The Newark Star-Ledger reported yesterday that four cardiologists who were allegedly given plum academic jobs at UMDNJ in exchange for kickbacks agreed to pay the government almost $400,000 to settle the civil lawsuits against them. This is a great victory for the U.S. Attorney, who was prosecuting these cases. However, we must acknowledge and thank Dr. Rohit Arora, UMDNJ’s former Chief of its Cardiology Division, the whistleblower who first exposed the kickback scheme. Had Dr. Arora not come forward, New Jersey would have wasted hundreds of thousands of tax dollars paying the salaries of these individuals, who, as claimed by Dr. Arora and the U.S. Attorney, did not have the credentials or qualifications to be members of the academic staff of the University. Moreover, the students of UMDNJ would have been deprived of professors who truly had something to teach, in favor of the greedy and the unethical.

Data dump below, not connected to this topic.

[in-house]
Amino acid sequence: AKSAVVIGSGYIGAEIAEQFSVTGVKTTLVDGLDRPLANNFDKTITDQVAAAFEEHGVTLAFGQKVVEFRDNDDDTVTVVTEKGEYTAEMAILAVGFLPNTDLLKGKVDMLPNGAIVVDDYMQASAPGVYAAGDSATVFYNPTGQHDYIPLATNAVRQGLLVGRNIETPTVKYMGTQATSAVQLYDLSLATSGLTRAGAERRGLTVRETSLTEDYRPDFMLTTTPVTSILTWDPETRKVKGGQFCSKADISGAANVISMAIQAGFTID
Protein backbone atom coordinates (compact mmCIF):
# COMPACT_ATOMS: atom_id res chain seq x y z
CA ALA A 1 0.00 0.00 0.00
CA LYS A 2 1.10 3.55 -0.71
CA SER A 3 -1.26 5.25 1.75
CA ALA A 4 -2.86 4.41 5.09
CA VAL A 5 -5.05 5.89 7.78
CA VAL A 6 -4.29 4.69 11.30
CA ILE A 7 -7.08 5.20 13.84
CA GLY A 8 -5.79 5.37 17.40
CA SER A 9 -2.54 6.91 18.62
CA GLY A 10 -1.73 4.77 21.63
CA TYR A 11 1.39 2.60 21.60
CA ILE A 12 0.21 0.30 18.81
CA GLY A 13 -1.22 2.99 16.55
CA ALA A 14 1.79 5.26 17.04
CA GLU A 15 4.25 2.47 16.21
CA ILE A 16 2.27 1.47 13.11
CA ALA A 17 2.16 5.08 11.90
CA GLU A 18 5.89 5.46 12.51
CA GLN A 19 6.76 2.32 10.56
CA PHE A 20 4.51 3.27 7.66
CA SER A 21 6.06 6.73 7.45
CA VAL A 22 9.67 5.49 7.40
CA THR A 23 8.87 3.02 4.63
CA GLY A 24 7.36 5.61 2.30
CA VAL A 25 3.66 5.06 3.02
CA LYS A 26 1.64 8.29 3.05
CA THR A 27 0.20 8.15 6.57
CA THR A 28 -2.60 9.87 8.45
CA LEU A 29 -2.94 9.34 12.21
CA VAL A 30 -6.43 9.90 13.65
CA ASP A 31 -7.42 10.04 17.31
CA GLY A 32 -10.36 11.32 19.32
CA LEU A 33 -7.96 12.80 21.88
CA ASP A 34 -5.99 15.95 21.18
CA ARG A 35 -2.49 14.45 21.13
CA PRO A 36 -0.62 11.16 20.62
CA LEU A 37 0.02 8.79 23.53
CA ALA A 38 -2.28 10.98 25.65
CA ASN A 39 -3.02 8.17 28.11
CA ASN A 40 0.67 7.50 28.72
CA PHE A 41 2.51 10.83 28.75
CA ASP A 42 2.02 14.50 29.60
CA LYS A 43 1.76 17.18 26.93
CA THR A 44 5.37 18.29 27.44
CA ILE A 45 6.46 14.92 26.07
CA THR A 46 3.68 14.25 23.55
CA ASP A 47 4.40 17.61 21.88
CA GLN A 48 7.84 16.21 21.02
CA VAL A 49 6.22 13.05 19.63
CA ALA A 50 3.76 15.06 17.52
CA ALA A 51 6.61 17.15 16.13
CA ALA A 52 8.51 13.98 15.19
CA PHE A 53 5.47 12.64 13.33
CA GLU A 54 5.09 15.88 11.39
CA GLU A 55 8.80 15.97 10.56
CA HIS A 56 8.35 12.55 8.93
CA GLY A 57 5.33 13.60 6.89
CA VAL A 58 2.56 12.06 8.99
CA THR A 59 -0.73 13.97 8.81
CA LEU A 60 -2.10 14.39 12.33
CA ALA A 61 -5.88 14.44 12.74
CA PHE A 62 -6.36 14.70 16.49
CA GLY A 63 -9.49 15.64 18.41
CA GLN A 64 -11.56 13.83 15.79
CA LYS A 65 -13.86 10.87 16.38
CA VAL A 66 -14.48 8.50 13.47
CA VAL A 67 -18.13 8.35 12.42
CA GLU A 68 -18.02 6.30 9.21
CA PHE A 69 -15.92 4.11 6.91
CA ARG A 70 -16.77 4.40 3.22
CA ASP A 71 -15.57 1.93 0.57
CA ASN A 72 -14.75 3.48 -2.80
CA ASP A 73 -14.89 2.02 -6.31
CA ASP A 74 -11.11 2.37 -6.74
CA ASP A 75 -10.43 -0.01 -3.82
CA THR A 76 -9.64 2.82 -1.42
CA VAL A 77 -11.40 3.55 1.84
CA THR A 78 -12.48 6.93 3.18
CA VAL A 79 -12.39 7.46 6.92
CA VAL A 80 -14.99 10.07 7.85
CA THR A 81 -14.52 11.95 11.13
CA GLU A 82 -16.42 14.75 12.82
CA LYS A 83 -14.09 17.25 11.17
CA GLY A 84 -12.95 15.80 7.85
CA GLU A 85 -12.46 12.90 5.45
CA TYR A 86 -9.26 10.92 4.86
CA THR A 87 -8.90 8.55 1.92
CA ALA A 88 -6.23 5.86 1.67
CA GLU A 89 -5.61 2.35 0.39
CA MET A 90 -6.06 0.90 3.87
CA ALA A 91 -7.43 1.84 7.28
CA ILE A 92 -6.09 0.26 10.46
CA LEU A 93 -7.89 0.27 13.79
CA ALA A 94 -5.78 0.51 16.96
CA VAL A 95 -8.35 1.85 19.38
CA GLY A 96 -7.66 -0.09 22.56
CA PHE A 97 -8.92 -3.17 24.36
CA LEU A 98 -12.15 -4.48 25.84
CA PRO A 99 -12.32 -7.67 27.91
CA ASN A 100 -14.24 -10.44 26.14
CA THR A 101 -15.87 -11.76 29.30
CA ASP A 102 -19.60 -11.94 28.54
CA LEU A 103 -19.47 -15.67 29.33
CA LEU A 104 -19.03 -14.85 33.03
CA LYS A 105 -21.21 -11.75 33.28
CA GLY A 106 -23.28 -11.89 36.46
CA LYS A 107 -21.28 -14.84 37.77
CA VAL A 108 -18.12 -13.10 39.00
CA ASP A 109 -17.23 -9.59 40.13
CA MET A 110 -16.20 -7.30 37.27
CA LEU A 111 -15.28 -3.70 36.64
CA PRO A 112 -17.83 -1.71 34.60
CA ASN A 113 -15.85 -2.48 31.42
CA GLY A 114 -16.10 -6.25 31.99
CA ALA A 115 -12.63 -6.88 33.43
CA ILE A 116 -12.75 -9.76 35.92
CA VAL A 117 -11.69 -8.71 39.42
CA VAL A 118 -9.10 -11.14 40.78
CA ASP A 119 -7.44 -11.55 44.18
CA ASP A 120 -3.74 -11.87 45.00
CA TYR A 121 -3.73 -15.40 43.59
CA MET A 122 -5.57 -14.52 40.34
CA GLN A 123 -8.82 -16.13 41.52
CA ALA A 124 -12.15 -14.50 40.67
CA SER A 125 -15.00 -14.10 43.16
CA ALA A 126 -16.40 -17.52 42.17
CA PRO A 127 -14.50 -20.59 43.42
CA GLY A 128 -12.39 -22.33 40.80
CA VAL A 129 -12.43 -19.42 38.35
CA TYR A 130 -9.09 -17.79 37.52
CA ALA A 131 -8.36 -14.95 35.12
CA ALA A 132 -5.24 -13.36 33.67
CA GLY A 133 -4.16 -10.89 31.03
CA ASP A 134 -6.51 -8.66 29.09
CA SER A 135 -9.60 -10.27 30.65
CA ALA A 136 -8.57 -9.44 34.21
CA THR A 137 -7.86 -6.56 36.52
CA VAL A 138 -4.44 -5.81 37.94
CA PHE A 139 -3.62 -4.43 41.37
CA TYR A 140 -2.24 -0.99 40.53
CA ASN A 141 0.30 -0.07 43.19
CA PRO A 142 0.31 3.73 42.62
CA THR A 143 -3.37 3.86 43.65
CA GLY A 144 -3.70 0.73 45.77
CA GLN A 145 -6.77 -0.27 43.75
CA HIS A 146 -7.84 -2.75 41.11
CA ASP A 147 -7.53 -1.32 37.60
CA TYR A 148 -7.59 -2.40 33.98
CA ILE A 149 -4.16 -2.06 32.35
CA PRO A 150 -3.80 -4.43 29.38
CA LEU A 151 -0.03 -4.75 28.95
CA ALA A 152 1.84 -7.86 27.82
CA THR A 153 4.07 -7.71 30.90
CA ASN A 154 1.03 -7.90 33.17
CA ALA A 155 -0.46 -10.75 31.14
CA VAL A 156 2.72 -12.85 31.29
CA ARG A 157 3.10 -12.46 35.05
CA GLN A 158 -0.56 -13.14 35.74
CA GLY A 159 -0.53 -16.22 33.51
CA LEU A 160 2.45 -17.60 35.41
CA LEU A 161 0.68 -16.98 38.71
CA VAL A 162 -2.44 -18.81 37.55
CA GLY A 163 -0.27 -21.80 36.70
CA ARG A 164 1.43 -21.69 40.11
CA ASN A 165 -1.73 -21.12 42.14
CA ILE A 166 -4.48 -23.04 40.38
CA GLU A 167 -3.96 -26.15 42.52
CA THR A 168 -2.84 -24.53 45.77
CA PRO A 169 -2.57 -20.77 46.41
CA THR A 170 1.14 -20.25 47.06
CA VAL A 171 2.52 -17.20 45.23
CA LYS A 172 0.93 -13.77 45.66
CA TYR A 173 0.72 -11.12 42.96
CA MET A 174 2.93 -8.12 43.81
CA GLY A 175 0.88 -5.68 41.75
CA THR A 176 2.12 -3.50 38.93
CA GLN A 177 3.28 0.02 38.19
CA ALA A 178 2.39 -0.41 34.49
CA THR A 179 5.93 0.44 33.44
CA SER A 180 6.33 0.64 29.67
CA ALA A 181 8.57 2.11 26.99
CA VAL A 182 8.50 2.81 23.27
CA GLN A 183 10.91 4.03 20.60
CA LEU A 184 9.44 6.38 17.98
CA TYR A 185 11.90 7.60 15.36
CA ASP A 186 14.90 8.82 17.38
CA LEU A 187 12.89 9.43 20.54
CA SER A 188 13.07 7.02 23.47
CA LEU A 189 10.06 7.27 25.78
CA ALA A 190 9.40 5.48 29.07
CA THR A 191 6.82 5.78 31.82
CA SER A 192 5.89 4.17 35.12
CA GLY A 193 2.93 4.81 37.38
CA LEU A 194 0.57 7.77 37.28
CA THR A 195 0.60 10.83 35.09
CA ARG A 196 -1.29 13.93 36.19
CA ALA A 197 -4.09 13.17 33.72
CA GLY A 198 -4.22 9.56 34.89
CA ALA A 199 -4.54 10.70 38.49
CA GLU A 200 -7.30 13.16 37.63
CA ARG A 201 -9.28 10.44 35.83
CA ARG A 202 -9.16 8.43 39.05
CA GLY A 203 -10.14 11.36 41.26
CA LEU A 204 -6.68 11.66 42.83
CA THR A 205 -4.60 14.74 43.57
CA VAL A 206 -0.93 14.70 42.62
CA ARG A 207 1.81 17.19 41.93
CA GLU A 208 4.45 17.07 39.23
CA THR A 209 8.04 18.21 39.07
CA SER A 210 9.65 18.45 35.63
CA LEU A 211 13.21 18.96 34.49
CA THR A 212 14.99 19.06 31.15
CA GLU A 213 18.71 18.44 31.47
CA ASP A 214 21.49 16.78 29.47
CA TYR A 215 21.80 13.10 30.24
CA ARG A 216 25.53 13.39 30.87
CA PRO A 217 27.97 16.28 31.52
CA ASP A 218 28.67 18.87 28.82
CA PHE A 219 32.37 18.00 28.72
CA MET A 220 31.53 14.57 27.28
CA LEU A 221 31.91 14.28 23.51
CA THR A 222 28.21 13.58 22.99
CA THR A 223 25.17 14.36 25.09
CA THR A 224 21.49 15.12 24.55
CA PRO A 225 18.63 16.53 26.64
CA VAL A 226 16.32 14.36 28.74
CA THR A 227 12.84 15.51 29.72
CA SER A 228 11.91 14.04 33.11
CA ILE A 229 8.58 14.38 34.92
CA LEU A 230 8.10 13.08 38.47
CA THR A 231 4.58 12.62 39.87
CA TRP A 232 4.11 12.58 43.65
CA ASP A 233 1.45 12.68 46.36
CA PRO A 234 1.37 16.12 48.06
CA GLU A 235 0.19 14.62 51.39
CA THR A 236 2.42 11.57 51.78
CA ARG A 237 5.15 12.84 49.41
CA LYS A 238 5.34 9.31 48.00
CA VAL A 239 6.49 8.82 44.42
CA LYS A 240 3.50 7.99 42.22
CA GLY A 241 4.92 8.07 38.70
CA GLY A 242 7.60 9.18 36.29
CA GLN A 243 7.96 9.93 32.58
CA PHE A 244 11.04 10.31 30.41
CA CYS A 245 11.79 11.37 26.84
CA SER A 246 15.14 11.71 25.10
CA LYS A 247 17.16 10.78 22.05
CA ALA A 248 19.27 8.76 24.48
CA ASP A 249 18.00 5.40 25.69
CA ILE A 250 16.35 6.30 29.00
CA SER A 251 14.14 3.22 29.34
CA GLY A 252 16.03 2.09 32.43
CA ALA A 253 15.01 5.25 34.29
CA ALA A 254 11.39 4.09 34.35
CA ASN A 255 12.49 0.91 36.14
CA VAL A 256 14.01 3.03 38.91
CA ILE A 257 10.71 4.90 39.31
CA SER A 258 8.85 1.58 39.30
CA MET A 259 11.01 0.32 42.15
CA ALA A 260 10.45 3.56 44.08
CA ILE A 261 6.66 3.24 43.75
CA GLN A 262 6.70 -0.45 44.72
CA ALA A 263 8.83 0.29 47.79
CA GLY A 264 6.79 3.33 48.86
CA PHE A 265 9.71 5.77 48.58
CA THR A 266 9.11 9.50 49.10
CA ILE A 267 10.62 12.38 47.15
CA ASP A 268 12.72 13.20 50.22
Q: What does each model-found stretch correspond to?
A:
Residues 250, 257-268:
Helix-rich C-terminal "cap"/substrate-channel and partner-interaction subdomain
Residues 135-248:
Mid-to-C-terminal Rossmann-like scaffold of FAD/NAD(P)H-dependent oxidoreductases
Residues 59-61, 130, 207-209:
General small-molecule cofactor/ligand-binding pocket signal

This case highlights the fact that the public service which whistleblowers perform is significant and necessary. It’s the gift that keeps on giving. Here we are almost a year after Dr. Arora settled his whistleblower lawsuit and the positive effects are still being felt.
The new President of the UMDNJ, Dr. William Owen, has publicly declared that the end of the corruption is in sight. I am cautiously optimistic that this is the case. It is way past time for the University to acknowledge its mistakes — especially its mistakes in the way it has treated, and, in some cases, continues to mistreat, whistleblowers.